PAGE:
Women in the House: The decline of the female power player

We analyzed decades of female representation and found what matters is electability and power conferred once in office

Seeking the leadership of Progressive Conservative party; Flora MacDonald was flanked by two influential supporters last night at the convention in Ottawa: New Brunswick Premier Richard Hatfield (left) and Toronto Mayor David Crombie (almost hidden). (Doug Griffin/Toronto Star/Getty Images)

Seeking the leadership of Progressive Conservative party; Flora MacDonald was flanked by two influential supporters last night at the convention in Ottawa: New Brunswick Premier Richard Hatfield (left) and Toronto Mayor David Crombie (almost hidden). (Doug Griffin/Toronto Star/Getty Images)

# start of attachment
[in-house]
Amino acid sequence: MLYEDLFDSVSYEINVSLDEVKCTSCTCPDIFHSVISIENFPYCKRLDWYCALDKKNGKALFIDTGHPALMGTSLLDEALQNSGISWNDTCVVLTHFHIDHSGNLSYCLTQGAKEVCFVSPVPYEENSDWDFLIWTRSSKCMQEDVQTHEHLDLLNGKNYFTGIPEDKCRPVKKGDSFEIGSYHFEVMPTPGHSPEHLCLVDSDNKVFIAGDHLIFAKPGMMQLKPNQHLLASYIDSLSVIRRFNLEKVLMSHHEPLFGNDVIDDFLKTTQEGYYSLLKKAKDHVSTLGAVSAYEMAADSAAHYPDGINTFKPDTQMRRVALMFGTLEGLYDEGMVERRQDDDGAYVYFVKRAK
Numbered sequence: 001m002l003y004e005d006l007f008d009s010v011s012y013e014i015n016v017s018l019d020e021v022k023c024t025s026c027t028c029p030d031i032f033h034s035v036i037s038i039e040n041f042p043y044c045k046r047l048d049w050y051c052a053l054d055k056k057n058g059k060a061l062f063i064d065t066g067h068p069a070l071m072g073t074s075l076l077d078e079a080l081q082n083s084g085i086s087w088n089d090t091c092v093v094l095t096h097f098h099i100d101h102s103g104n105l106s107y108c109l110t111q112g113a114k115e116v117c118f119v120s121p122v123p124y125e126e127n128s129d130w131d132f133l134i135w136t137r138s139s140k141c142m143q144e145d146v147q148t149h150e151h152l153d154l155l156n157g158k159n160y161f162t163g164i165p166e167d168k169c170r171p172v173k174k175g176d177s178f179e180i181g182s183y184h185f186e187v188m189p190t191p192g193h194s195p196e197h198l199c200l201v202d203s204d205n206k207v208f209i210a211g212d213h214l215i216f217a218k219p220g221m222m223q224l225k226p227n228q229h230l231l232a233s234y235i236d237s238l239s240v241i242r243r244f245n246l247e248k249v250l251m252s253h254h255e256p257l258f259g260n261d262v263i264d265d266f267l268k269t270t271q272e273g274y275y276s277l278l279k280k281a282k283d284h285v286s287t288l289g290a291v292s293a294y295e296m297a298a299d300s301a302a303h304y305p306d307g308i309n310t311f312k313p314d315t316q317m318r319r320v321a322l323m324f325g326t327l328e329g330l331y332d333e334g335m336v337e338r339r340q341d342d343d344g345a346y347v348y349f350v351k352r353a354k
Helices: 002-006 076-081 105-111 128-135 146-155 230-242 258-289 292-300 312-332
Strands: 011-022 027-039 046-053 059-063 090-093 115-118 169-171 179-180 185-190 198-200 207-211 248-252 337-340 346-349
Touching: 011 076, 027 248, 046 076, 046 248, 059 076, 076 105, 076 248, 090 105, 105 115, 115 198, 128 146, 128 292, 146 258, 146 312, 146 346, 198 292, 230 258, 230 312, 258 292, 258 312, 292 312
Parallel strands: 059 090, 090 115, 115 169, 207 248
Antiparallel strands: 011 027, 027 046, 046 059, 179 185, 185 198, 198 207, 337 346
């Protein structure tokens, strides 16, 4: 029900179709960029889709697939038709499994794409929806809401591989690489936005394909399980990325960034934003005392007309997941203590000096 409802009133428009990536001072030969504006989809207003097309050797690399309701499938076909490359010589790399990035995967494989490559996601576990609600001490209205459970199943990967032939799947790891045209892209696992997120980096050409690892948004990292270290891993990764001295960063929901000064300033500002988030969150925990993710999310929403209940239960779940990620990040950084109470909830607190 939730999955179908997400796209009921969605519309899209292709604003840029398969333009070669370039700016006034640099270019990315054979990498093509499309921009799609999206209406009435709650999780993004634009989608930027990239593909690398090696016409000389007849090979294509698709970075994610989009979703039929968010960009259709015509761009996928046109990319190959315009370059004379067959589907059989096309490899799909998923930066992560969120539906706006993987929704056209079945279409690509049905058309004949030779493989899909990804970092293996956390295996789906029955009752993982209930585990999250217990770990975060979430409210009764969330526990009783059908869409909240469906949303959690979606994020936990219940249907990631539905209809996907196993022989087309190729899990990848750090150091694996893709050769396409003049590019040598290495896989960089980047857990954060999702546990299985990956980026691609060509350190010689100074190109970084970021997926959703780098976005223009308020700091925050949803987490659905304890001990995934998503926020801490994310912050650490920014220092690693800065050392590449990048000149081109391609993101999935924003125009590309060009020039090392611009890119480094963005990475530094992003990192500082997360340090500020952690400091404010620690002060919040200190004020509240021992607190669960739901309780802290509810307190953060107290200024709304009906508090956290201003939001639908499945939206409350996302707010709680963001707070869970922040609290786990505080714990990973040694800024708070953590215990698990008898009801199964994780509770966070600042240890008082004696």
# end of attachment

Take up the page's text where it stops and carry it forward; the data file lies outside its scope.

A week today is the deadline for the final candidate count, the day we’ll know how many women are running for federal office in 2015. The NDP’s slate is already in: it’s close to half (43.5 per cent) women. With two per cent of its ridings unresolved, the Liberals stand at 31.3 per cent. The Conservatives are just shy of 20 per cent (at 19.7), with 96 per cent of ridings decided; the Greens have one-third (32.7 per cent) women with 73 per cent of ridings reported. As tempting as it is to take these numbers as biomarkers of party progressiveness and diversity—or lack thereof—that would be a mistake. As our analysis of female representation in Parliament and cabinet makes clear, size (as in total number of women running) doesn’t matter. What does is performance: electability and, more crucially, power conferred once in office.